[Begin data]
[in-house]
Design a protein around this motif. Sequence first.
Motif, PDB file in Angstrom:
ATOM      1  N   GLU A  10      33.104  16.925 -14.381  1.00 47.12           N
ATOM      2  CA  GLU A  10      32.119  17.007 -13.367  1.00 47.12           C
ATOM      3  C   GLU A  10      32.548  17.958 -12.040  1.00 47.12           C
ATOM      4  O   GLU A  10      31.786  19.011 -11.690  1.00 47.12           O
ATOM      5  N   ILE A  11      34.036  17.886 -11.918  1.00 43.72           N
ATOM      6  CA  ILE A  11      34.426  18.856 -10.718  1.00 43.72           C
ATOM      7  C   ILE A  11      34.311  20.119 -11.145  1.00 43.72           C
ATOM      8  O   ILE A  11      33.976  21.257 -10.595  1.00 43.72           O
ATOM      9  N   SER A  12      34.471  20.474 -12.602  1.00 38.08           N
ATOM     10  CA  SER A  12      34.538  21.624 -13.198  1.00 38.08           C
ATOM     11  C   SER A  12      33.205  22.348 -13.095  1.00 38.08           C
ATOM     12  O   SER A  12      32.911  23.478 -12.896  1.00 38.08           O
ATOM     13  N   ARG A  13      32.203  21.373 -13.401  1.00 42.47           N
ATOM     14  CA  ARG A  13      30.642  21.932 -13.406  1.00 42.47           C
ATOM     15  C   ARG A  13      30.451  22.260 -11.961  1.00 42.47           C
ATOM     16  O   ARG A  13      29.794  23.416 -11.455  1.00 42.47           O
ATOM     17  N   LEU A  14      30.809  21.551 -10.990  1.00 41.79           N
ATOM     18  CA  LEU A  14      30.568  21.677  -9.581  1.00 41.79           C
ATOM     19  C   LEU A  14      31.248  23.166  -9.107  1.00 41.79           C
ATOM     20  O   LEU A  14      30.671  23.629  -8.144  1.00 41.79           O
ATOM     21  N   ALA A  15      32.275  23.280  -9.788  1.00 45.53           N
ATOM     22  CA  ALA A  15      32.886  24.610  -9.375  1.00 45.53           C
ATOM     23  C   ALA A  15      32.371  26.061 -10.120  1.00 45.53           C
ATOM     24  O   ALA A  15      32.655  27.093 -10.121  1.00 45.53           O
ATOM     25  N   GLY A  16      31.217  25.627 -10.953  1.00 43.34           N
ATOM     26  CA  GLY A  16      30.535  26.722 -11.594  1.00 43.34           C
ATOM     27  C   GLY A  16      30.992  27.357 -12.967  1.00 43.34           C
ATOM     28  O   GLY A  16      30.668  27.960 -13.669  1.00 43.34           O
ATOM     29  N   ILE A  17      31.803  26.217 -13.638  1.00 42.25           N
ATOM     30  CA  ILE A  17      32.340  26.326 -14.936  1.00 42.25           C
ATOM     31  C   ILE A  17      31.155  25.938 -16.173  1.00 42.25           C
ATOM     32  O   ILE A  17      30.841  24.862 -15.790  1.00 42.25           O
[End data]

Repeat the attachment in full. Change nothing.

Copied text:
[in-house]
Design a protein around this motif. Sequence first.
Motif, PDB file in Angstrom:
ATOM      1  N   GLU A  10      33.104  16.925 -14.381  1.00 47.12           N
ATOM      2  CA  GLU A  10      32.119  17.007 -13.367  1.00 47.12           C
ATOM      3  C   GLU A  10      32.548  17.958 -12.040  1.00 47.12           C
ATOM      4  O   GLU A  10      31.786  19.011 -11.690  1.00 47.12           O
ATOM      5  N   ILE A  11      34.036  17.886 -11.918  1.00 43.72           N
ATOM      6  CA  ILE A  11      34.426  18.856 -10.718  1.00 43.72           C
ATOM      7  C   ILE A  11      34.311  20.119 -11.145  1.00 43.72           C
ATOM      8  O   ILE A  11      33.976  21.257 -10.595  1.00 43.72           O
ATOM      9  N   SER A  12      34.471  20.474 -12.602  1.00 38.08           N
ATOM     10  CA  SER A  12      34.538  21.624 -13.198  1.00 38.08           C
ATOM     11  C   SER A  12      33.205  22.348 -13.095  1.00 38.08           C
ATOM     12  O   SER A  12      32.911  23.478 -12.896  1.00 38.08           O
ATOM     13  N   ARG A  13      32.203  21.373 -13.401  1.00 42.47           N
ATOM     14  CA  ARG A  13      30.642  21.932 -13.406  1.00 42.47           C
ATOM     15  C   ARG A  13      30.451  22.260 -11.961  1.00 42.47           C
ATOM     16  O   ARG A  13      29.794  23.416 -11.455  1.00 42.47           O
ATOM     17  N   LEU A  14      30.809  21.551 -10.990  1.00 41.79           N
ATOM     18  CA  LEU A  14      30.568  21.677  -9.581  1.00 41.79           C
ATOM     19  C   LEU A  14      31.248  23.166  -9.107  1.00 41.79           C
ATOM     20  O   LEU A  14      30.671  23.629  -8.144  1.00 41.79           O
ATOM     21  N   ALA A  15      32.275  23.280  -9.788  1.00 45.53           N
ATOM     22  CA  ALA A  15      32.886  24.610  -9.375  1.00 45.53           C
ATOM     23  C   ALA A  15      32.371  26.061 -10.120  1.00 45.53           C
ATOM     24  O   ALA A  15      32.655  27.093 -10.121  1.00 45.53           O
ATOM     25  N   GLY A  16      31.217  25.627 -10.953  1.00 43.34           N
ATOM     26  CA  GLY A  16      30.535  26.722 -11.594  1.00 43.34           C
ATOM     27  C   GLY A  16      30.992  27.357 -12.967  1.00 43.34           C
ATOM     28  O   GLY A  16      30.668  27.960 -13.669  1.00 43.34           O
ATOM     29  N   ILE A  17      31.803  26.217 -13.638  1.00 42.25           N
ATOM     30  CA  ILE A  17      32.340  26.326 -14.936  1.00 42.25           C
ATOM     31  C   ILE A  17      31.155  25.938 -16.173  1.00 42.25           C
ATOM     32  O   ILE A  17      30.841  24.862 -15.790  1.00 42.25           O